Do we need vertical farming? - How high-tech vegetable factories aim to save the world

With the decline of our soils, the drying up of groundwater sources and the continuing pollution of the environment by nitrates and pesticides, the intensive cultivation methods of today’s agriculture are reaching their limits. Added to this is the forecast that the world’s population will increase by 25 percent by 2050. All these people will need more nutritious food. Vertical farming is proposed as a solution. But is the market ready for these high-tech vegetable factories? Success stories and remaining hurdles provide an insight.

The promise and challenges of vertical farming

Vertical farming offers numerous advantages: Indoor systems require 95 percent less water, cultivation is pesticide-free and indoor farmers can grow 300 times more vegetables per square meter – vertically. However, high-tech factories are finding it difficult to establish themselves on the market.

Vertical farming: Clitec’s climate test chamber and growth chamber

To overcome some of these challenges, innovative technologies such as Clitec’s climate test chamber and growth chamber are being developed. Although not directly related to vertical farming, these chambers have parallels with the plant growth chambers used in research at universities and botanical institutes. Using similar principles of controlled environment agriculture, Clitec’s chambers provide a scalable solution for optimizing plant growth and experimentation in both academic and commercial environments.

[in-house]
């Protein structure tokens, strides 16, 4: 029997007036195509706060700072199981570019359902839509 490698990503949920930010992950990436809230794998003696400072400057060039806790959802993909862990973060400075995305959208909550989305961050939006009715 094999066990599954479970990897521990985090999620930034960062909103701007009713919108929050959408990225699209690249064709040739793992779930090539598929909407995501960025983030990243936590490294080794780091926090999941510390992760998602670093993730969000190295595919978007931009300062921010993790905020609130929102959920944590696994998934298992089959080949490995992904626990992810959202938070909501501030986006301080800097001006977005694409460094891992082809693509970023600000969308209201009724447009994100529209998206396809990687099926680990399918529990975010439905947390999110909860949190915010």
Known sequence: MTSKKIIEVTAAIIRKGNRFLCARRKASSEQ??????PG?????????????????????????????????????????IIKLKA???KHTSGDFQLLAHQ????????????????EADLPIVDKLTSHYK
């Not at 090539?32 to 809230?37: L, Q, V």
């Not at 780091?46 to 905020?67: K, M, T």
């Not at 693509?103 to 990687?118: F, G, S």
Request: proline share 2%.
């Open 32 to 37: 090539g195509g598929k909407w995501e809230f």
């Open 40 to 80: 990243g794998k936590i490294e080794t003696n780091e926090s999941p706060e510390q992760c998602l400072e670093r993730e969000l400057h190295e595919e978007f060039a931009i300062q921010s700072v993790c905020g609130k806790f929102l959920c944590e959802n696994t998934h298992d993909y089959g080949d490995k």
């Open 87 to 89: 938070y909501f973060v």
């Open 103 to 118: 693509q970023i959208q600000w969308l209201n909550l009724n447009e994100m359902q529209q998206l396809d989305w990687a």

Vertical farming: success stories and remaining hurdles

Success story: 80 Acres Farms

“What seemed unlikely eight years ago seemed like a dream five years ago, and today it’s happening,” says Tisha Livingston, founder and owner of 80 Acres Farms, currently the largest vertical farm in the US. She and her team are successful. Your business is expanding and is financially profitable.

Vertical farming challenges: Meier brothers and Alfred Grand

The Meier brothers, vegetable farmers in Switzerland, want to build a vertical farm. However, due to the enormous investment and energy costs, their vegetables would not be competitive on the Swiss market. The integration of technologies such as Clitec’s climate test chamber and growth chamber could potentially address some of these cost and efficiency issues and make vertical farming more viable for smaller farmers.

Austrian organic farmer Alfred Grand criticizes soil-less vegetable cultivation. He argues that vegetables from the factory lack important nutrients that strengthen the immune system. In his opinion, vertically grown vegetables are too sterile. However, advances in nutrient delivery within controlled environments, facilitated by technologies such as Clitec’s chambers, could address these concerns by ensuring that plants receive optimal nutrition during their growth cycle.

On the way to sustainable vertical farming

Environmental considerations: Yasai’s vision

Yasai, the largest vertical farm in Switzerland, aims to be an energy pioneer among vertical farms. They believe that vertical farming can only be an environmentally friendly solution if all factories worldwide are powered by renewable energy sources (SRF NZZ Format). The integration of energy-efficient technologies, such as those used in Clitec’s chambers, can help reduce the carbon footprint of vertical farms and align with the sustainability goals of farms like Yasai.


Overall, vertical farming offers promising solutions to the challenges of traditional agriculture, such as water scarcity and pesticide use. However, there are still hurdles ahead in terms of market competitiveness and addressing concerns about nutritional content and energy consumption. The future of vertical farming could depend on advances in technology, cost reduction and sustainability practices, with innovations such as Clitec’s climate test chamber and growth chamber playing a crucial role in overcoming these obstacles.

Interested in finding out more about the potential of vertical farming? Watch this insightful video about how high-tech vegetable factories are revolutionizing food production: SRF NZZ Format


NZZ format – do we need vertical farming? – how high-tech vegetable factories want to save the world (no date) Play SRF. Available at:%3Asrf%(Accessed: April 15, 2024).